The FCC has plans for country wide Wi-Fi, for the USA, in like 2014 I think and most cell phones companies have coverage in a huge portion of the USA.
 

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Originally Posted by thiussat
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What's funny is that Chrome *is* Linux. But the author of this article seems to not know that.

A lot of people don't know that. The author probably just read "Google will be making a Chrome OS that will be lightweight and focused on the net" and wrote an entire article about it.

In fact, I doubt very many people even bothered to read the press release that basically said Chrome OS is going to be linux with a lightweight window manager, because... you know, we totally don't have one of those already. *cough*xfce*cough*
 

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The problem with storing all your information online is that you cannot be sure that others have not seen this information. Especially with Google's history I would not want all my information out there for the world to see.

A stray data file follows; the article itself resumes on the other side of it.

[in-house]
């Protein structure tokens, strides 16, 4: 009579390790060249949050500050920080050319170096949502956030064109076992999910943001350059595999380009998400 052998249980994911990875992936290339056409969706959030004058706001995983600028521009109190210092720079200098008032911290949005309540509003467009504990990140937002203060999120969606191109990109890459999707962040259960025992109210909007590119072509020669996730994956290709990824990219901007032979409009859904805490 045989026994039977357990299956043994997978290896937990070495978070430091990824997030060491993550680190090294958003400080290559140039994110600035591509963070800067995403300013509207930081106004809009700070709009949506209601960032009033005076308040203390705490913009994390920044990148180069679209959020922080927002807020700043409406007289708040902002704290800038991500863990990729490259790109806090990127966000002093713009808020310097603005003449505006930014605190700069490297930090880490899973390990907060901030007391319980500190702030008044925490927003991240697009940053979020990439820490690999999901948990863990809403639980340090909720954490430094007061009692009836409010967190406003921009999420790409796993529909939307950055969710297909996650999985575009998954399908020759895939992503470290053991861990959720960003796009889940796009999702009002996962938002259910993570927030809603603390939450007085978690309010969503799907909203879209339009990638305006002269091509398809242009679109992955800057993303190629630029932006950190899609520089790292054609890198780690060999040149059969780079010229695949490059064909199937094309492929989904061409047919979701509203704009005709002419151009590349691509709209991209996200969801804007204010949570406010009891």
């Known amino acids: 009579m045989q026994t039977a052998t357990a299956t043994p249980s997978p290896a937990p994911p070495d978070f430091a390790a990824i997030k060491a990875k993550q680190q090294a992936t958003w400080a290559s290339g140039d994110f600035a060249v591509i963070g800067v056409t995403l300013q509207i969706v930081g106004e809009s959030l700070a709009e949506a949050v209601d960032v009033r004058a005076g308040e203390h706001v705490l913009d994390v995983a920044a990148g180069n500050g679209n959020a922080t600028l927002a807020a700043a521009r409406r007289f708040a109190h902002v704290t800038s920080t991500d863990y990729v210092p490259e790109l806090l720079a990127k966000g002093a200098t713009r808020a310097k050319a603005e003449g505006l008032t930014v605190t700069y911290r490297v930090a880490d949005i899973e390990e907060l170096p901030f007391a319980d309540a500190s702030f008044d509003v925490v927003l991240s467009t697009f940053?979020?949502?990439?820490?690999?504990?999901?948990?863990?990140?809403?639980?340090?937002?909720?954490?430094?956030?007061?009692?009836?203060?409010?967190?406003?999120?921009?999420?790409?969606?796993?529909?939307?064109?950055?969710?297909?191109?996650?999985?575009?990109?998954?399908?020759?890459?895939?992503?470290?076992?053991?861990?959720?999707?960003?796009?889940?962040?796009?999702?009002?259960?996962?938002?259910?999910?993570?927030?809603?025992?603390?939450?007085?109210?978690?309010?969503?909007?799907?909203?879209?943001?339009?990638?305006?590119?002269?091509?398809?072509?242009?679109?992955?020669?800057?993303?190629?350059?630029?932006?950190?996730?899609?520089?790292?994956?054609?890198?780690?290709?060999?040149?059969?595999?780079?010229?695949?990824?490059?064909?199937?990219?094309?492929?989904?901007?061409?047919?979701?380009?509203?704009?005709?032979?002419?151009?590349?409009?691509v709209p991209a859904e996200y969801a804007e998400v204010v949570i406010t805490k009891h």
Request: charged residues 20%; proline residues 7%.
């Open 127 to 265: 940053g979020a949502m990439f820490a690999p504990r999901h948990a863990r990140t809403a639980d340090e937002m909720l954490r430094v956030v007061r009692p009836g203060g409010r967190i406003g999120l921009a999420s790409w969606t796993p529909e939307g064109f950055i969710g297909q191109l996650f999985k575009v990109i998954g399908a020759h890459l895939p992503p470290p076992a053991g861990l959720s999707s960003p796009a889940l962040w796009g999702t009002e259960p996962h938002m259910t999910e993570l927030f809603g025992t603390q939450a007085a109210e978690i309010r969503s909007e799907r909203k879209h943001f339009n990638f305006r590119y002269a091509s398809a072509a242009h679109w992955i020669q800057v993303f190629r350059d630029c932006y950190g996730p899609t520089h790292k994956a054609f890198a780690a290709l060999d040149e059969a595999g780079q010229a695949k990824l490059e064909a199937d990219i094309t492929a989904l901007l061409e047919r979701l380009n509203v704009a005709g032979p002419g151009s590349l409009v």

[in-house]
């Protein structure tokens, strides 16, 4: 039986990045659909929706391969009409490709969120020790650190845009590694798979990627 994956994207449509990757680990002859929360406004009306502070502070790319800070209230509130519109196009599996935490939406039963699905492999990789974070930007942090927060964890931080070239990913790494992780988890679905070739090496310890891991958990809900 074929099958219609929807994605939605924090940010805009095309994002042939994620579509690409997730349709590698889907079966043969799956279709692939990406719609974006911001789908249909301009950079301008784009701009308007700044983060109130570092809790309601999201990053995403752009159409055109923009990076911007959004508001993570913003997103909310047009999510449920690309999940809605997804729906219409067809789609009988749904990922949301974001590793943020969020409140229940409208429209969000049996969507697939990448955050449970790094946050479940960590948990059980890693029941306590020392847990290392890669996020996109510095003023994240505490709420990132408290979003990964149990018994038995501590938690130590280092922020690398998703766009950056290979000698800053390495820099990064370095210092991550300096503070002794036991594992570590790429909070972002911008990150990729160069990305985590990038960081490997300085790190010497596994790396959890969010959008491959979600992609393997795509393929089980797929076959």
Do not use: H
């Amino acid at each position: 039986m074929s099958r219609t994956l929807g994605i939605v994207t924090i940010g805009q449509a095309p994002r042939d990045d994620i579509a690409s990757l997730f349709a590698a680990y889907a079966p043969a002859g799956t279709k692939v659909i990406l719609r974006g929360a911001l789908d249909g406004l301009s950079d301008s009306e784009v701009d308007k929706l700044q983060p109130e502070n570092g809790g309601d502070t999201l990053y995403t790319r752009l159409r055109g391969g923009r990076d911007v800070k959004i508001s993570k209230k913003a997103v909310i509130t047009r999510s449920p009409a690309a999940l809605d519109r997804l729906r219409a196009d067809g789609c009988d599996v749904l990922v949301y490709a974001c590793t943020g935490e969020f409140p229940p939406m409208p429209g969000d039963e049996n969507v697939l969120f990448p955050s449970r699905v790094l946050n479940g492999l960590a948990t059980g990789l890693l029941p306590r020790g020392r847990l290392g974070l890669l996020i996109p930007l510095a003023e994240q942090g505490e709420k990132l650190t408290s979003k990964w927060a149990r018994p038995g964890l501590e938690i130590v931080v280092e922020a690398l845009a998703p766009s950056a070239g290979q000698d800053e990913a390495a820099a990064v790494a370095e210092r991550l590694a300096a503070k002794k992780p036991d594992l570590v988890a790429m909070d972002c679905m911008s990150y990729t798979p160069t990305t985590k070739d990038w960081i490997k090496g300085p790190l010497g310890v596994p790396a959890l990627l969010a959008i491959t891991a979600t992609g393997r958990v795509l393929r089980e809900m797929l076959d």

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Originally Posted by nathris
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A lot of people don't know that. The author probably just read "Google will be making a Chrome OS that will be lightweight and focused on the net" and wrote an entire article about it.

In fact, I doubt very many people even bothered to read the press release that basically said Chrome OS is going to be linux with a lightweight window manager, because... you know, we totally don't have one of those already. *cough*xfce*cough*